While reading a blog post on the different values of explicit vs. implicit teaching and learning (sorry, the link is no longer available), I got to thinking about some coaching conversations I’ve had.
Let me define those terms. Explicit is what most of us probably think of in terms of the teaching/coaching/learning process. It is about showing or telling someone how to do something and then them going out and doing it. Implicit is more about players figuring out how to do things for themselves. They get an objective, and are left to sort out how to accomplish it.
Once upon a time, I posted on the idea of intrinsic vs. extrinsic development based on something John Kessel wrote. It follows along a very similar thought process as the explicit vs. implicit one outlined above. Both have at their core the idea of allowing players (in our case as coaches) figure things out for themselves.
Admittedly, this is a hard thing for many coaches to handle. Letting our players come up with the best solutions to a given “problem” can feel awfully lazy to someone who believes their role is one of teaching and guiding. We feel like we should be doing something. This goes doubly so when you consider those evaluating us in some fashion or another – owners, athletic directors, board members, parents, media, etc.. You feel like you need to do something to make it look like you’re actually working and not just standing there watching.
The difference is teaching vs. facilitating. If our athletes learn better by finding their own solutions to the problems presented by game situations, then it behooves us as coaches to assist them in that process. You don’t do this by telling them what to do, but by putting them in situations to help them come to the desired conclusion. In other words, we create a structure in which the desired learning takes place.
A learning structure example
Let me provide an example of something I use in this way. The exercise called The Hard Drill is basically a cooperative back row game which serves many purposes. On the physical side, it works on back row attacking and defending against such. Depending on how you set it up, it can also work on setting in an out-of-system context.
More importantly – at least for me in how I use the drill – are the mental aspects.
This is very much a “beat the drill” type of exercise. The players need to learn how to most efficiently accomplish the objective. There are a couple of key things involved in that. One is to focus on setting to only the most effective hitters. The second is to attack mainly to the best diggers from a ball-control perspective. Finally, there is understanding when you are in good position to go for a strong swing and when to just keep the ball in play. You can also add in good communication so that players know what to do with respect to these three factors.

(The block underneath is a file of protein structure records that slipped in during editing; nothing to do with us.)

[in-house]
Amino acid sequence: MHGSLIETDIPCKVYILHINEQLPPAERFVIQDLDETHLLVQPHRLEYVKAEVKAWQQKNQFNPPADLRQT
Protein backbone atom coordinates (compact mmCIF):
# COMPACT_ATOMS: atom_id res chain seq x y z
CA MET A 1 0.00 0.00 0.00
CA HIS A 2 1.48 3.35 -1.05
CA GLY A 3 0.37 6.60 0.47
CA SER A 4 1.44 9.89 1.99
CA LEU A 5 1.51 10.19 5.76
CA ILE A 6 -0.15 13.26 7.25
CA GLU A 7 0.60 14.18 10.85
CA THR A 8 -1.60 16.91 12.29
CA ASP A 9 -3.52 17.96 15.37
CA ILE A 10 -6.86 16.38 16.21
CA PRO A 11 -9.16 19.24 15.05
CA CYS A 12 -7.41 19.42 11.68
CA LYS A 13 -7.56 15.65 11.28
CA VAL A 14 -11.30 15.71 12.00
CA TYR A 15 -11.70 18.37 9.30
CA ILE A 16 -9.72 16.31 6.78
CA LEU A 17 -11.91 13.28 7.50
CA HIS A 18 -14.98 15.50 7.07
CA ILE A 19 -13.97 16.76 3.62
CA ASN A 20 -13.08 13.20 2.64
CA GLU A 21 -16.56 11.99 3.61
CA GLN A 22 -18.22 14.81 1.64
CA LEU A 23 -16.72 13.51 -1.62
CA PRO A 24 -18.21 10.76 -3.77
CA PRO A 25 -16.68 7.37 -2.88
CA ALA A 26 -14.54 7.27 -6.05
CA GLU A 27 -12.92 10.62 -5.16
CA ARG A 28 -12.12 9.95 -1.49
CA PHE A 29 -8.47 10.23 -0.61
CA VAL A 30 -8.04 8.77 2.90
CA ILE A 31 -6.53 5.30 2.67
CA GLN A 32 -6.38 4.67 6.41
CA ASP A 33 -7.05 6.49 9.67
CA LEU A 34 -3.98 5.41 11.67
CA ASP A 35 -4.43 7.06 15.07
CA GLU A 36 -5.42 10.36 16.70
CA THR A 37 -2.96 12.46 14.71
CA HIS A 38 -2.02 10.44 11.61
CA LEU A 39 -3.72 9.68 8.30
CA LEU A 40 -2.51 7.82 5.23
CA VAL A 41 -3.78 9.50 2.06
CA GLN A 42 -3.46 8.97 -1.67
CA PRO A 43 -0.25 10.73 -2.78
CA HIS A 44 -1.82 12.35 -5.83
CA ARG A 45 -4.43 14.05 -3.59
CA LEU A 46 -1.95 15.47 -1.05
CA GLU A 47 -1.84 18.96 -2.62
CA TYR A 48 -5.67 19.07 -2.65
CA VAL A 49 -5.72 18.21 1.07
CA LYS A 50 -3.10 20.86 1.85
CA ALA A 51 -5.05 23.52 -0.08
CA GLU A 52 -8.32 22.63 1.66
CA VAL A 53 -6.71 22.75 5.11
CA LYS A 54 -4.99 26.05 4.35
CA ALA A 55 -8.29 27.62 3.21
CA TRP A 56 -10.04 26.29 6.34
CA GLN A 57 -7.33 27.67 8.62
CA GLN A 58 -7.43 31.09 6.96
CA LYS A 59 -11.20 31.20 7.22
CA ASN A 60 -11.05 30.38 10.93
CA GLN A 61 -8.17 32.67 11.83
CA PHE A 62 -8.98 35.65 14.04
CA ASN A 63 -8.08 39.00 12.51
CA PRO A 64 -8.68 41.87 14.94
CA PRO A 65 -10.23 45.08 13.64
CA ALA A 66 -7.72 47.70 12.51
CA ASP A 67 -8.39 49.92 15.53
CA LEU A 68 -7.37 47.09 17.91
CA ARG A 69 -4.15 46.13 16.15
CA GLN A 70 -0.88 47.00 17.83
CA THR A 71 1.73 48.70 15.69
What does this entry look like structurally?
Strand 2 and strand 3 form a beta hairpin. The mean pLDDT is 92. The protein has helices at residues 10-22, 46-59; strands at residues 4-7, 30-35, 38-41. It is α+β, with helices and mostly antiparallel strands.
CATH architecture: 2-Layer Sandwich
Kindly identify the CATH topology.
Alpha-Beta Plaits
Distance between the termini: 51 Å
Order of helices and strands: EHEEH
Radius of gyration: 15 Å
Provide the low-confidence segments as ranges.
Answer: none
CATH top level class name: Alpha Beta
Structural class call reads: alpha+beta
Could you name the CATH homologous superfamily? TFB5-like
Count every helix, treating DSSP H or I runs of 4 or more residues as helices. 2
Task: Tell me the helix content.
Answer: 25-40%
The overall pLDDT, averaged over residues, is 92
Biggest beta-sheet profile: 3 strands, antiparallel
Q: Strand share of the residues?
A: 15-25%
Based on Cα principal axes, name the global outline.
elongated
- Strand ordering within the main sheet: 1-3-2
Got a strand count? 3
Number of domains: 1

Now, as a coach who wants to see the drill completed as quickly as possible, you could tell the players to only set to certain hitters. You can tell the hitters only to attack to certain defenders. That would certainly speed things up. But would there be any real learning benefit? What happens next time you do the drill with different combinations of players? Will you once more tell them exactly what to do? And the next time? Can you tell players exactly what to do in every game situation?
Yes, it can definitely be a challenge watching the team struggle with this drill. It’s tough to see them get frustrated if they have to keep starting over. We have to resist the urge to go in and “fix” things, though. Instead, we should guide them toward the right solutions – toward the thought processes we want to instill. Instead of telling them what’s wrong or what to do, we should be asking them so they can figure it out for themselves. That leads to better long-term retention and cross-over application in other situations.
Believe me, this can sometimes be a slow process. And there are times when you have to really do a lot of asking and guiding and hinting to get them thinking and acting the way you want. Once you get them there, though, you’ll find it worth the effort.
They might surprise you!
Your players – unless they are very new to the sport – might know more than you give them credit for, especially from their own perspectives. Let them solve things for themselves and you might be pleasantly surprised at the solutions they develop. If nothing else, they are likely to have more confidence in applying those solutions later.
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